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Recently, I had the pleasure of speaking both at the International Manufacturers Forum in London as well as the Annual Chemist Society of Turkey’s conference in Antalya. The subject of both speeches was analyzing the subjective and objective properties of products in beauty brands.
In the course of selling your product, it is important to know the how and why of your product. It is not enough to know you have a fine product at a good price—you need to know why your product is good, and, more importantly, the characteristics of how and why.
When you evaluate your product, you need to know that it has both a subjective and an objective property. The objective property is the function of the product. For a shampoo, the objective property is the ability to clean the hair. For a perfume, it is to mask unwanted body odor. The objective is that function that is not up to any interpretation. It is the function of the product at its most basic level.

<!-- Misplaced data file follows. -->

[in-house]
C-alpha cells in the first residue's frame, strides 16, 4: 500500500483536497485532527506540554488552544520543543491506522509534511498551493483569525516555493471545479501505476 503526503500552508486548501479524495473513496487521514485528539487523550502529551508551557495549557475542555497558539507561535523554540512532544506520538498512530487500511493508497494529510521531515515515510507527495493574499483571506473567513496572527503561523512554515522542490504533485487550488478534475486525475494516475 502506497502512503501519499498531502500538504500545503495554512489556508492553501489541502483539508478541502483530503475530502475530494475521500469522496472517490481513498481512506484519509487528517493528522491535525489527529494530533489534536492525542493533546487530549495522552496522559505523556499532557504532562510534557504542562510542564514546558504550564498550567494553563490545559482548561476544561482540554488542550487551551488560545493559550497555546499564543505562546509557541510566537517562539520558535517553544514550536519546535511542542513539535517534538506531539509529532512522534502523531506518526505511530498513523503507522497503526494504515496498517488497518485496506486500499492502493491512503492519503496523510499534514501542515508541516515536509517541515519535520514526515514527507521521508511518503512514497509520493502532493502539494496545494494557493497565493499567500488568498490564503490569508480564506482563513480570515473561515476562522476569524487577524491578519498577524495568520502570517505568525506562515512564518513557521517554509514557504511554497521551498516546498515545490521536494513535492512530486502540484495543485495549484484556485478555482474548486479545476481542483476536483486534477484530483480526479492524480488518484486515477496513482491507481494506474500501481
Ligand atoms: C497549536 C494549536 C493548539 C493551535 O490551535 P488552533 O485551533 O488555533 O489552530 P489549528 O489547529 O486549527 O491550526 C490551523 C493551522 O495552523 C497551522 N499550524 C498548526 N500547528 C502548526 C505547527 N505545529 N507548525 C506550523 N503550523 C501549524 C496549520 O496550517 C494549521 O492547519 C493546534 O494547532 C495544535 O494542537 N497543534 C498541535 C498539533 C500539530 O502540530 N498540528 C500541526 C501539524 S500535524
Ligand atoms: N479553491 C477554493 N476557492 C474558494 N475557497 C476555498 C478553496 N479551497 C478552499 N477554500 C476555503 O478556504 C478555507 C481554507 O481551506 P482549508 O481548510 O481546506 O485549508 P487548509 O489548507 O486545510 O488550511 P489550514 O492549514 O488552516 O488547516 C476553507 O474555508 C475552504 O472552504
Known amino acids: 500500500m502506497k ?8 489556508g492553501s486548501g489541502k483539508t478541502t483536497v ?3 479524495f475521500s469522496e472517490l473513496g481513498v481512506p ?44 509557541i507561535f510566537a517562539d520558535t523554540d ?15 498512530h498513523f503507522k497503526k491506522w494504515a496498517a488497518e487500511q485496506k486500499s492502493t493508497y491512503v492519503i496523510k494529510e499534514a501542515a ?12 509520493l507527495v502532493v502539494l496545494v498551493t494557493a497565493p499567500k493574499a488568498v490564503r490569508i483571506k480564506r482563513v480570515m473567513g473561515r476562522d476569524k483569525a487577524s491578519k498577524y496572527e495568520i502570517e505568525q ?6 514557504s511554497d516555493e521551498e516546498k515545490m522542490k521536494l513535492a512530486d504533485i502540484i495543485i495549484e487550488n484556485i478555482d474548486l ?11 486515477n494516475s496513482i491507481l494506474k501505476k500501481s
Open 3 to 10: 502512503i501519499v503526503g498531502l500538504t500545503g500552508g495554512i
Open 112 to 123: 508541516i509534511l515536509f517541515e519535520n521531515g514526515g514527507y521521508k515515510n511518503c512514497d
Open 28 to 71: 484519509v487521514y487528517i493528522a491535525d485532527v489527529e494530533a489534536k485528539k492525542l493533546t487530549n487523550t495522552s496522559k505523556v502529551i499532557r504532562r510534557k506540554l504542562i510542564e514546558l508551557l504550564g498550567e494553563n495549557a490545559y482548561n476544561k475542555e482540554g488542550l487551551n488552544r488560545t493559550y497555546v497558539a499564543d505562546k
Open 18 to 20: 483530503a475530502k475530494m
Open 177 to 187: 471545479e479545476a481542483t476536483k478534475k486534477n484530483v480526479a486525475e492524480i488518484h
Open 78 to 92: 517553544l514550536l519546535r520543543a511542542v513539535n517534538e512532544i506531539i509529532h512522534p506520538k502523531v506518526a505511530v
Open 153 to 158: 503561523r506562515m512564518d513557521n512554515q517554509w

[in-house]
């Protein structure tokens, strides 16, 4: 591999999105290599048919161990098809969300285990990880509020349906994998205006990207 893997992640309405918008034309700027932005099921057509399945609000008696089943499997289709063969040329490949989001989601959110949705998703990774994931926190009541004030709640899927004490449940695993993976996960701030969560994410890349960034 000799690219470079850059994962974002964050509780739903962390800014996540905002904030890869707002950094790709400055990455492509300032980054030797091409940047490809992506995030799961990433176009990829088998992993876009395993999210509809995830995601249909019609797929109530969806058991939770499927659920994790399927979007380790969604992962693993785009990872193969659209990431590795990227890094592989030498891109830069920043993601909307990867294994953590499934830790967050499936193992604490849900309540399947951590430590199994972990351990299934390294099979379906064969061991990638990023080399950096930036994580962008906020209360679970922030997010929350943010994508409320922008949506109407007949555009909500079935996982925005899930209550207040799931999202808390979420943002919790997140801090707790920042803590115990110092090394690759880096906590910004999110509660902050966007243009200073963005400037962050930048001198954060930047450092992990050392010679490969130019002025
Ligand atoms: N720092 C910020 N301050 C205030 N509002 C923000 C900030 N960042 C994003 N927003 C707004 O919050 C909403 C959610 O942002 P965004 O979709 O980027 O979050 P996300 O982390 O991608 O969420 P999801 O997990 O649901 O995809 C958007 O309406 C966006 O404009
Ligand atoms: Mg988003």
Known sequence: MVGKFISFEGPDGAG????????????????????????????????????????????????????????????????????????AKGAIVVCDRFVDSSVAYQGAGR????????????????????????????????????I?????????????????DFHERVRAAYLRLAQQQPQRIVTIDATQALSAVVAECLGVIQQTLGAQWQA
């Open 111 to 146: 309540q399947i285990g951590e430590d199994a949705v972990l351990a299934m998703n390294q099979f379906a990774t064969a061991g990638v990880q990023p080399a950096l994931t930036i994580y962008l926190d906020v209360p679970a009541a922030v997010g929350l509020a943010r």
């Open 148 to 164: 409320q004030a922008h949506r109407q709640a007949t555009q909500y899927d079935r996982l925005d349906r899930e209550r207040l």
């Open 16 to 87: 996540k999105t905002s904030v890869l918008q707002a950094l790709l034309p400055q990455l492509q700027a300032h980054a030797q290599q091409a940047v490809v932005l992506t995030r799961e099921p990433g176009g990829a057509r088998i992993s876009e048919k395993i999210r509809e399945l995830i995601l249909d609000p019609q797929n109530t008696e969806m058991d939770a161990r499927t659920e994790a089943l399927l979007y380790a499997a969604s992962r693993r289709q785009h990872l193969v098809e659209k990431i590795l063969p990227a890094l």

The subjective property of a product is the perception of that product upon the senses of the consumer. It is the smell of the fragrance. It is the way the lather feels when you are applying the shampoo to your hair and the way your hair feels after it has been cleaned.
Subjective properties can have some function that is not essential to the objective property, as well. These can include secondary functions such as non-tangling properties in a shampoo. Don’t confuse these secondary functions as objectives, as they are not. They are simply the cherry on top of the cake.